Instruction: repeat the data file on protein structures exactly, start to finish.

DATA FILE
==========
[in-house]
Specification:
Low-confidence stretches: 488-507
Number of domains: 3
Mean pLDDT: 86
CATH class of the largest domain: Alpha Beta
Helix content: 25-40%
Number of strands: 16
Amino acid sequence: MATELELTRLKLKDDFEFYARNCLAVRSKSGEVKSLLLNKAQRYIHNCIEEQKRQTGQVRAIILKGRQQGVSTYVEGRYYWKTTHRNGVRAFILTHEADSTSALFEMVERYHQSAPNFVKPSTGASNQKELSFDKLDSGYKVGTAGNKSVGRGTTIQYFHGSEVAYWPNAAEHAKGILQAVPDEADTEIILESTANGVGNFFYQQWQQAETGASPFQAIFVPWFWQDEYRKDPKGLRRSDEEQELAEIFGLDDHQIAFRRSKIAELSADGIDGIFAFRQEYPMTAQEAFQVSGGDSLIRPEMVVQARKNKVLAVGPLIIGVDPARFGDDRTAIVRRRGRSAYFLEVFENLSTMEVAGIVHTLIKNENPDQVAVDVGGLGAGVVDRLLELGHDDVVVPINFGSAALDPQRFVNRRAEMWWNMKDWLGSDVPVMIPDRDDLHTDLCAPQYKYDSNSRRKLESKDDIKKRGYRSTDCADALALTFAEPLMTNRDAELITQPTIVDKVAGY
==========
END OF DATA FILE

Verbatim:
[in-house]
Specification:
Low-confidence stretches: 488-507
Number of domains: 3
Mean pLDDT: 86
CATH class of the largest domain: Alpha Beta
Helix content: 25-40%
Number of strands: 16
Amino acid sequence: MATELELTRLKLKDDFEFYARNCLAVRSKSGEVKSLLLNKAQRYIHNCIEEQKRQTGQVRAIILKGRQQGVSTYVEGRYYWKTTHRNGVRAFILTHEADSTSALFEMVERYHQSAPNFVKPSTGASNQKELSFDKLDSGYKVGTAGNKSVGRGTTIQYFHGSEVAYWPNAAEHAKGILQAVPDEADTEIILESTANGVGNFFYQQWQQAETGASPFQAIFVPWFWQDEYRKDPKGLRRSDEEQELAEIFGLDDHQIAFRRSKIAELSADGIDGIFAFRQEYPMTAQEAFQVSGGDSLIRPEMVVQARKNKVLAVGPLIIGVDPARFGDDRTAIVRRRGRSAYFLEVFENLSTMEVAGIVHTLIKNENPDQVAVDVGGLGAGVVDRLLELGHDDVVVPINFGSAALDPQRFVNRRAEMWWNMKDWLGSDVPVMIPDRDDLHTDLCAPQYKYDSNSRRKLESKDDIKKRGYRSTDCADALALTFAEPLMTNRDAELITQPTIVDKVAGY